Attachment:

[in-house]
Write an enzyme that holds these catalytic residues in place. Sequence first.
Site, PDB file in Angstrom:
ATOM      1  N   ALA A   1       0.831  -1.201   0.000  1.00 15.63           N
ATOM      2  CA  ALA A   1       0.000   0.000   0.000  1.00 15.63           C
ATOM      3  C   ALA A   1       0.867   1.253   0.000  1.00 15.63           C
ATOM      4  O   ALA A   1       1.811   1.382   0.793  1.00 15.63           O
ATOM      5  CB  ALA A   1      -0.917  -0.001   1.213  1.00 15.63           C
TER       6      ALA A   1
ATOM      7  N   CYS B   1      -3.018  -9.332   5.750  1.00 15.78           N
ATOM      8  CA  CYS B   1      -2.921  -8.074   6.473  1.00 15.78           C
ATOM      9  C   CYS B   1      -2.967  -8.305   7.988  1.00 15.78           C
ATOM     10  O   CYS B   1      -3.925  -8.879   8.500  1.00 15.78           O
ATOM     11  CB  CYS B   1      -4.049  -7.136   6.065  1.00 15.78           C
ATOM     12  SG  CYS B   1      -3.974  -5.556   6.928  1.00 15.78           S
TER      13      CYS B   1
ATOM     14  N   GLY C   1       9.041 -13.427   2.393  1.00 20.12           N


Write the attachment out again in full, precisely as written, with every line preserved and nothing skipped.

[in-house]
Write an enzyme that holds these catalytic residues in place. Sequence first.
Site, PDB file in Angstrom:
ATOM      1  N   ALA A   1       0.831  -1.201   0.000  1.00 15.63           N
ATOM      2  CA  ALA A   1       0.000   0.000   0.000  1.00 15.63           C
ATOM      3  C   ALA A   1       0.867   1.253   0.000  1.00 15.63           C
ATOM      4  O   ALA A   1       1.811   1.382   0.793  1.00 15.63           O
ATOM      5  CB  ALA A   1      -0.917  -0.001   1.213  1.00 15.63           C
TER       6      ALA A   1
ATOM      7  N   CYS B   1      -3.018  -9.332   5.750  1.00 15.78           N
ATOM      8  CA  CYS B   1      -2.921  -8.074   6.473  1.00 15.78           C
ATOM      9  C   CYS B   1      -2.967  -8.305   7.988  1.00 15.78           C
ATOM     10  O   CYS B   1      -3.925  -8.879   8.500  1.00 15.78           O
ATOM     11  CB  CYS B   1      -4.049  -7.136   6.065  1.00 15.78           C
ATOM     12  SG  CYS B   1      -3.974  -5.556   6.928  1.00 15.78           S
TER      13      CYS B   1
ATOM     14  N   GLY C   1       9.041 -13.427   2.393  1.00 20.12           N